Under this strategy, if you have a 5-year-old, you would need to have $10,000, or $2,000 times 5 years, to be "reasonably confident" that you can afford roughly half of the cost of four-year, in-state public university, said Keith Bernhardt, Fidelity's vice president of retirement and college products.
At age 18, the typical time kids head off to college, your $36,000 fund could reduce the cost of school by 50 percent with the rest coming from financial aid, student loans and family earnings, Bernhardt said. "Different people have different financial goals, but the 2K rule provides a starting point."
Fidelity financial advisors developed the straightforward technique after a company survey found that 69 percent of parents wished there were more specific guidelines on how much to save for college.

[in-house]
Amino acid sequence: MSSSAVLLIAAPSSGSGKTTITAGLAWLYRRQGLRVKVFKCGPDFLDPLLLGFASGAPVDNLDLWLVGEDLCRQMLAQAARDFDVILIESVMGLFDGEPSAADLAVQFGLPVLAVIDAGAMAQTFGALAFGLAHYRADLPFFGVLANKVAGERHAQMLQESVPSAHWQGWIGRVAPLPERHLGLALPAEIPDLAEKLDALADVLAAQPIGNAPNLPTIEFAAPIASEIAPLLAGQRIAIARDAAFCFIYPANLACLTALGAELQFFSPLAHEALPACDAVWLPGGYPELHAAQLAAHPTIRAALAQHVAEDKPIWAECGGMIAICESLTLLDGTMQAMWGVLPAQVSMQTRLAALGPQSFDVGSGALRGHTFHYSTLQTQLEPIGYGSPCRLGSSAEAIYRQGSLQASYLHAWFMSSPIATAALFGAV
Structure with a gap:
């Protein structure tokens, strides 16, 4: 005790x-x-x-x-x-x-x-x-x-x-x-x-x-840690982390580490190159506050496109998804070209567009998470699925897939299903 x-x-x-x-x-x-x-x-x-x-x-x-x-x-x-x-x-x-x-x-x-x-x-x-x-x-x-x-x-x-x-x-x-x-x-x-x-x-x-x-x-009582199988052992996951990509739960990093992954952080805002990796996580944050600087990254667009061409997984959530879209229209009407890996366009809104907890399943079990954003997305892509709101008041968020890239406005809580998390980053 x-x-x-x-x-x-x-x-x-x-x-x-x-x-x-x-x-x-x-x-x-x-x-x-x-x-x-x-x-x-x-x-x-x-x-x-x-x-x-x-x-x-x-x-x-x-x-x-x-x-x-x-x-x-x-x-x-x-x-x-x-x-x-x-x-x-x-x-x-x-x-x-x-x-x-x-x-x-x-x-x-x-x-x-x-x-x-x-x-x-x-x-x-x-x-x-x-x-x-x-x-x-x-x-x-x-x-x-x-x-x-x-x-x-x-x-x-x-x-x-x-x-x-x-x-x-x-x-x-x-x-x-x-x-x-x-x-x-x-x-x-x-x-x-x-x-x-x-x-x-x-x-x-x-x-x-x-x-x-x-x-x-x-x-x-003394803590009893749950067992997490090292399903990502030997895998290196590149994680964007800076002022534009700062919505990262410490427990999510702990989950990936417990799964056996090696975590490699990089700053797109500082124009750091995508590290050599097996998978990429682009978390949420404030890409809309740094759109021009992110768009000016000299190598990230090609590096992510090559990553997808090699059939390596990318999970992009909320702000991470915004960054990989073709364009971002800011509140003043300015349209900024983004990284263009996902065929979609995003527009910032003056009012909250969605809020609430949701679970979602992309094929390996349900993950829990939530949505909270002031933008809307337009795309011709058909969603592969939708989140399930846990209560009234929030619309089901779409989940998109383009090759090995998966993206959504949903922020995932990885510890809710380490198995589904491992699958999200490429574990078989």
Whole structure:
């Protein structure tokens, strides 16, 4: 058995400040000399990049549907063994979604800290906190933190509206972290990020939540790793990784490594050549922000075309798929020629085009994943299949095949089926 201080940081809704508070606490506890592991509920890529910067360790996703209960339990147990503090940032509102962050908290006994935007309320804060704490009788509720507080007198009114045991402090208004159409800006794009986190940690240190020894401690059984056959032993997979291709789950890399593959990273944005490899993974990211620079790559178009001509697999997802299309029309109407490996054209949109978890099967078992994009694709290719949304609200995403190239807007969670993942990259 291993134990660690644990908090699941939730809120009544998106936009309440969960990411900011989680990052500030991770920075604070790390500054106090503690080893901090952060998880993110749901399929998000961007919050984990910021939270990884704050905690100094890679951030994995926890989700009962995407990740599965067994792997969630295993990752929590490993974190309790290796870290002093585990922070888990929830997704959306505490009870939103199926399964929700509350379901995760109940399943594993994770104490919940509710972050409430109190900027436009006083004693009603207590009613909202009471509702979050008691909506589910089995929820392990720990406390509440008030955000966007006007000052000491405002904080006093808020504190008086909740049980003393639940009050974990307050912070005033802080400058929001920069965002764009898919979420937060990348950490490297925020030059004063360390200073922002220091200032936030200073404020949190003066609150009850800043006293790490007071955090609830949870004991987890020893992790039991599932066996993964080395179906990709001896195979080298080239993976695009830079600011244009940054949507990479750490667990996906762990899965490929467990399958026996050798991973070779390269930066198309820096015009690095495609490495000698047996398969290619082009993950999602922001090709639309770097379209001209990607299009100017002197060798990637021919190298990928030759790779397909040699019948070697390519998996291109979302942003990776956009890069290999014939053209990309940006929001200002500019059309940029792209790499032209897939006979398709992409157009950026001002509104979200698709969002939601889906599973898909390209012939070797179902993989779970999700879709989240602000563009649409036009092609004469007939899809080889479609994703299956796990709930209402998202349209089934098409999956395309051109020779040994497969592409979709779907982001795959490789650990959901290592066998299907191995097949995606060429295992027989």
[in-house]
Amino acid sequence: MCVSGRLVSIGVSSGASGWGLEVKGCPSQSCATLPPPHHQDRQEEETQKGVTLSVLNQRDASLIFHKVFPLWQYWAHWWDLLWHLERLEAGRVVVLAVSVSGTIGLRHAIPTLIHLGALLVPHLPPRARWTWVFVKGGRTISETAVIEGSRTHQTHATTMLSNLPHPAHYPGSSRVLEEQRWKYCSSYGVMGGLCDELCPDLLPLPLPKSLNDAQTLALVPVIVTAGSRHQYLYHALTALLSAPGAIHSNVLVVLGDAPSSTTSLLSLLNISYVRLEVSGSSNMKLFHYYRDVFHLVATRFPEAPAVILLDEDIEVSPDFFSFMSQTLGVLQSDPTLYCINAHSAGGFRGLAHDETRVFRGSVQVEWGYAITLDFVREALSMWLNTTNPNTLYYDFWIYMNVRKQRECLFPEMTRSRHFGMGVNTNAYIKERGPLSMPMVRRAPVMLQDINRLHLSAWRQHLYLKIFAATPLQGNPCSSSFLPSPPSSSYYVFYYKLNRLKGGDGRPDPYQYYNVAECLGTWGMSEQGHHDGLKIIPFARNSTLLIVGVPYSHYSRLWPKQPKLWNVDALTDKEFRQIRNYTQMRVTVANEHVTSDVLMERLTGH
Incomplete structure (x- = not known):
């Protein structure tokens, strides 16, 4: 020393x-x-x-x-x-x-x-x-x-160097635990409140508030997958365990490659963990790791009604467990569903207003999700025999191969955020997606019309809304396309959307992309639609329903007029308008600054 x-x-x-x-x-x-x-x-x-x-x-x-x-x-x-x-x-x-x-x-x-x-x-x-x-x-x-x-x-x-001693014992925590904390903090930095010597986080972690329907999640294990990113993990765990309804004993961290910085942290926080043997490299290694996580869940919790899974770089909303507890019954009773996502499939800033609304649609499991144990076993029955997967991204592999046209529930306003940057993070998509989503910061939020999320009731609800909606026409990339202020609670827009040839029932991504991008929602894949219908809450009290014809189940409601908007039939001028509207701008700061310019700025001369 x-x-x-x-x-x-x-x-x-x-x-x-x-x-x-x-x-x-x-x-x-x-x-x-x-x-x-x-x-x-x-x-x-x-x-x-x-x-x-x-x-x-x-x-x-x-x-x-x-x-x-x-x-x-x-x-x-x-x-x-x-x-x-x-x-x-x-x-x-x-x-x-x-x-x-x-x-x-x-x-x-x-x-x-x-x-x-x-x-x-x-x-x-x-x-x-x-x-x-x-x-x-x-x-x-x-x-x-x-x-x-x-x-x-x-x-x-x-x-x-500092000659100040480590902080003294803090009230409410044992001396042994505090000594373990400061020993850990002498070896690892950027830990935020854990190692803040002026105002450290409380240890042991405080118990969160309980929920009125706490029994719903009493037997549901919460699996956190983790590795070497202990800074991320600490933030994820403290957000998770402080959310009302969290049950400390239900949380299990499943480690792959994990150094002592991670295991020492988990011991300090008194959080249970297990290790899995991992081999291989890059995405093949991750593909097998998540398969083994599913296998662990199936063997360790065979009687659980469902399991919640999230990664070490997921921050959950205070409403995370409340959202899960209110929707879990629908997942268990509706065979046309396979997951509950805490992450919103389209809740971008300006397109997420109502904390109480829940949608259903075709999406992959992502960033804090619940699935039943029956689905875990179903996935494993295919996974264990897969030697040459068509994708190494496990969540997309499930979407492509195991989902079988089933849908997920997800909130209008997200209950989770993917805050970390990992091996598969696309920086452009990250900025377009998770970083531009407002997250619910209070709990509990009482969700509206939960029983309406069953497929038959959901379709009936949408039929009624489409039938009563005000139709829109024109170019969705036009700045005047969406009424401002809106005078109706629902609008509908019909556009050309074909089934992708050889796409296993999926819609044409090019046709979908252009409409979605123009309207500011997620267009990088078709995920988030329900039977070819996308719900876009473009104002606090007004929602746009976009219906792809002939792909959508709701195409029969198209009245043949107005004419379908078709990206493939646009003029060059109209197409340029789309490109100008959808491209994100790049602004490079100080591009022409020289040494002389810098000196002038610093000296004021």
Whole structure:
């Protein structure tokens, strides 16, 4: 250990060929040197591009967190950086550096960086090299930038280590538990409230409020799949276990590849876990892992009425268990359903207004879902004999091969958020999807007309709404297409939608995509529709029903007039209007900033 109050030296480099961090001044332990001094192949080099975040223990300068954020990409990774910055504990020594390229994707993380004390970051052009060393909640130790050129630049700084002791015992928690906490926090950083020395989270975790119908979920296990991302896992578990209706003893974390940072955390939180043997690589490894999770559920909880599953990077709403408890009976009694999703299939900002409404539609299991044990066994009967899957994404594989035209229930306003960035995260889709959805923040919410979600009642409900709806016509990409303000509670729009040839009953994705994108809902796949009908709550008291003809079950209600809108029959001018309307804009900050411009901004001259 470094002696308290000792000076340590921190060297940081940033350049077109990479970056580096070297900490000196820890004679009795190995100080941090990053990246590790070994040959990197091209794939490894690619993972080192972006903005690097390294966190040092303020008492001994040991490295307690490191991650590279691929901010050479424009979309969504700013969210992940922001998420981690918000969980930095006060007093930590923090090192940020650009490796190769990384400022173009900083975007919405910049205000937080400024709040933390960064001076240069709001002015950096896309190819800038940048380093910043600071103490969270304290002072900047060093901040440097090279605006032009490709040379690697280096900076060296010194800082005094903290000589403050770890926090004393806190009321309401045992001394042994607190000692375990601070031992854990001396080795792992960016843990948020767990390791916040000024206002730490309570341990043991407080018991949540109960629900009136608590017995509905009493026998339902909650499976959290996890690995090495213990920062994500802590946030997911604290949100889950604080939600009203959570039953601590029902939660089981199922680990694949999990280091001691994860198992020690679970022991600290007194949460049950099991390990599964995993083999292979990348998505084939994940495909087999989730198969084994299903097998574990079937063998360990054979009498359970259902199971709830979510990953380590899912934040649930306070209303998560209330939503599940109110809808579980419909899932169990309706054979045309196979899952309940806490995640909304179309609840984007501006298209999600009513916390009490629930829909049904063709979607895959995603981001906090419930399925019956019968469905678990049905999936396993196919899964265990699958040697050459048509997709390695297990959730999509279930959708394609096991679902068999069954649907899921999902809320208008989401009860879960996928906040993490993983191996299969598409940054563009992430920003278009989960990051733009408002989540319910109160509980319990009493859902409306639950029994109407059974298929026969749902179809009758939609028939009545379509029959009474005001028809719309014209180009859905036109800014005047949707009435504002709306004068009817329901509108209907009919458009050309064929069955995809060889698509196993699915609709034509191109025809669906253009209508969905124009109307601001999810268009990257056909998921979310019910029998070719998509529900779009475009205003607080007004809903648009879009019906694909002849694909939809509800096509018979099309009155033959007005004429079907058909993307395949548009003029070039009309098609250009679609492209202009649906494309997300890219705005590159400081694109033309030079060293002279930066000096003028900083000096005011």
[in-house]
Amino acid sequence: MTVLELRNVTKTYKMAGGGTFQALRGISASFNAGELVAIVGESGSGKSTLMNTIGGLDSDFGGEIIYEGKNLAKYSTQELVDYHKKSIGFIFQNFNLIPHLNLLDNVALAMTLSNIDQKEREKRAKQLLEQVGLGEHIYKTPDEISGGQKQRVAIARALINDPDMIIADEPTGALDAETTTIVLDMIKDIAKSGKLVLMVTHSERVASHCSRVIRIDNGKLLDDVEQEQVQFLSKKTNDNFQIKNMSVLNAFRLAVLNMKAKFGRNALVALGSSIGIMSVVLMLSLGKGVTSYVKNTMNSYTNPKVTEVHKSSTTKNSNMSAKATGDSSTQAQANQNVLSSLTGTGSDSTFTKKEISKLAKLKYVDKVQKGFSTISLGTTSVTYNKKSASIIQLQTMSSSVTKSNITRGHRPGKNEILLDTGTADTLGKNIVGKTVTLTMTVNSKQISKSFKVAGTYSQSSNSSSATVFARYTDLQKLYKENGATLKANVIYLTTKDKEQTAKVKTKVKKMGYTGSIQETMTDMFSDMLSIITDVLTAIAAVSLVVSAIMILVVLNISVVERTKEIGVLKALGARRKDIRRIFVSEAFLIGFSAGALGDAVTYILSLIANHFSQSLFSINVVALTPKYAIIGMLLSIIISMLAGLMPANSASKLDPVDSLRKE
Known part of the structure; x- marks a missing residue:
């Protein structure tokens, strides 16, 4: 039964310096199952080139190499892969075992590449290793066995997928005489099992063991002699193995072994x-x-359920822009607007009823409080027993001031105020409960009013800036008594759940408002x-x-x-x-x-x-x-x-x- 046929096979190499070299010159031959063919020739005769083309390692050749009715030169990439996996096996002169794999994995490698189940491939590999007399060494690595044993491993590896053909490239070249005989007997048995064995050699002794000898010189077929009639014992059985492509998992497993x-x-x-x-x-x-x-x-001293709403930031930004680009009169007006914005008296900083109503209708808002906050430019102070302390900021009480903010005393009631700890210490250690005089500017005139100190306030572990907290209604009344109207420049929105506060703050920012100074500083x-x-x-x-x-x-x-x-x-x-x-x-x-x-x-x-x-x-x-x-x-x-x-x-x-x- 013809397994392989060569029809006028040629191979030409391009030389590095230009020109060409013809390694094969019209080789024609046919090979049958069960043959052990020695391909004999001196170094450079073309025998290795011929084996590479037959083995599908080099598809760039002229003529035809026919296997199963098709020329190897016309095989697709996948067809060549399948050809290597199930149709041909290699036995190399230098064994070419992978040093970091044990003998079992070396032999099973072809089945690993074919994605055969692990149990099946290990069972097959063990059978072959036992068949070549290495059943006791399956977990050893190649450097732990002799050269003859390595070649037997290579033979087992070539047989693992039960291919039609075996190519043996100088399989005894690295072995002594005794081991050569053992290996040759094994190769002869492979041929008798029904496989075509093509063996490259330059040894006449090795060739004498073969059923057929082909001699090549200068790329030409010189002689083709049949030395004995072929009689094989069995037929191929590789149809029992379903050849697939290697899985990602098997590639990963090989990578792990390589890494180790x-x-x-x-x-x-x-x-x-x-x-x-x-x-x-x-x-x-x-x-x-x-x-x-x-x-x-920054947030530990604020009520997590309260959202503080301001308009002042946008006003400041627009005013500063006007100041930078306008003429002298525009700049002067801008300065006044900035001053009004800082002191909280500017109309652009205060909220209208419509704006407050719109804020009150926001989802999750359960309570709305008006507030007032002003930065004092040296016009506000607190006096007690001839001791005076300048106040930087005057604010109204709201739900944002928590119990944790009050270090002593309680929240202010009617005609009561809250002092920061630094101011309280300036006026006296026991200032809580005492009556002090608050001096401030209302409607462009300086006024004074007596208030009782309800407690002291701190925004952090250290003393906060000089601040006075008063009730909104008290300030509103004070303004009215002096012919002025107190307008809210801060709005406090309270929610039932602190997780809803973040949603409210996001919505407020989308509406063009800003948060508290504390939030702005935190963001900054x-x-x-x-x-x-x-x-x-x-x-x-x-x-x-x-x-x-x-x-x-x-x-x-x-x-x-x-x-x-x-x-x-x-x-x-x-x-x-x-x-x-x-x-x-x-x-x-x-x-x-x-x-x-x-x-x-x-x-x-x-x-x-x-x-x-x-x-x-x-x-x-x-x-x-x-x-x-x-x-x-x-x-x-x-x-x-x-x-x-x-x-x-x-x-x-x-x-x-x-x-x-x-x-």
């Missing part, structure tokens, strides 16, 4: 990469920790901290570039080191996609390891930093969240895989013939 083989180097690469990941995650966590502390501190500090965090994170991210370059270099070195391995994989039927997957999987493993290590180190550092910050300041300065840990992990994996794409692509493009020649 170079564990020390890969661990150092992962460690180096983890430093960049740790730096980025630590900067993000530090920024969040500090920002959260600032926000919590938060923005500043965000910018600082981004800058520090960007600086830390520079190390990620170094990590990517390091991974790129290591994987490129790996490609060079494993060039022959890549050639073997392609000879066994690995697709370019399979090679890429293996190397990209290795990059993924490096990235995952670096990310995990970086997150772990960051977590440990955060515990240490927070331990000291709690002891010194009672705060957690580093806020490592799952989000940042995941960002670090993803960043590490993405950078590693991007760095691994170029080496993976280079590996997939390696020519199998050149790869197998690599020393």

The 2K rule for college savings comes with a catch: It assumes you use a 529 plan.
A tax-advantaged, state-sponsored 529 plan can boost your college savings. Investment earnings in the plan are not subject to federal capital gains tax and generally not taxed by state governments when used for the qualified education expenses, such as tuition, fees, books, as well as room and board, of the designated beneficiary.
Many states offer tax breaks with their 529 plans. Thirty-three states and the District of Columbia give residents a state tax credit or deduction if they invest in their state's 529 plan. Five states — Arizona, Kansas, Missouri, Montana and Pennsylvania — offer a state income tax deduction to residents for any 529 plan contributions.